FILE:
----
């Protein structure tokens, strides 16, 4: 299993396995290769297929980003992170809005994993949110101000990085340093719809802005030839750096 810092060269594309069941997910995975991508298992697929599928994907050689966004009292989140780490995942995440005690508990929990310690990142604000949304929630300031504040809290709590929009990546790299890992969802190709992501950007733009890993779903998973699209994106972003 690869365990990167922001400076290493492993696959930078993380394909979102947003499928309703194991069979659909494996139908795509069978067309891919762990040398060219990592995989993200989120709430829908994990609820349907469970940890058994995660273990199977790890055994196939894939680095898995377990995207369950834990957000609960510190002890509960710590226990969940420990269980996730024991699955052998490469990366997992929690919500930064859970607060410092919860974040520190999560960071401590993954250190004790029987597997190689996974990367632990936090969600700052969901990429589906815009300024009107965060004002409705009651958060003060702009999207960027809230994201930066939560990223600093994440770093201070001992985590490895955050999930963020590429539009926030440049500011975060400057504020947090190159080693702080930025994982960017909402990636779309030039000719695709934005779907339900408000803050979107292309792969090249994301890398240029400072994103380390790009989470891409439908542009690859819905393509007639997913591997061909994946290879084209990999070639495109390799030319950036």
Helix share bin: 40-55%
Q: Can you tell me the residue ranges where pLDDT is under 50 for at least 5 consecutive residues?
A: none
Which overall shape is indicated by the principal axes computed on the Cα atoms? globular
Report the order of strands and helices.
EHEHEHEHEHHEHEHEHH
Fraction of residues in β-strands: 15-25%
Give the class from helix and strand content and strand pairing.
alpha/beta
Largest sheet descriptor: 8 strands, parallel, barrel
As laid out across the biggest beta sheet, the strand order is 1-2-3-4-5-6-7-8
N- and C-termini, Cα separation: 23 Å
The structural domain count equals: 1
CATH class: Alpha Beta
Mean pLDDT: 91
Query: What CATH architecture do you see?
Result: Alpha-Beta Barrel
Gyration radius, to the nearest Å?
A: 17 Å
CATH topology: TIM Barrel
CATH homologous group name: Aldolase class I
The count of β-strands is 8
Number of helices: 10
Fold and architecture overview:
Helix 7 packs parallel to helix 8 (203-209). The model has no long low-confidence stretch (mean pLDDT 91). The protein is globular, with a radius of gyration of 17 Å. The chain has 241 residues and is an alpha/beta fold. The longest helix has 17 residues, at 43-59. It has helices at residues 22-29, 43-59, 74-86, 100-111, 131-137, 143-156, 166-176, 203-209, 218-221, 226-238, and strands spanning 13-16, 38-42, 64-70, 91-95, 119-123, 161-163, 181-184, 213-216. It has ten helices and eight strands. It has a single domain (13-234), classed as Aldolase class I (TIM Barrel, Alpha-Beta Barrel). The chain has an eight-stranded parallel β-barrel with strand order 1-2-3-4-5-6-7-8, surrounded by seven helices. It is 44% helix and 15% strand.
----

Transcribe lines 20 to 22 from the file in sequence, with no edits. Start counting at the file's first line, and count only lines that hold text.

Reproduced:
A: 17 Å
CATH topology: TIM Barrel
CATH homologous group name: Aldolase class I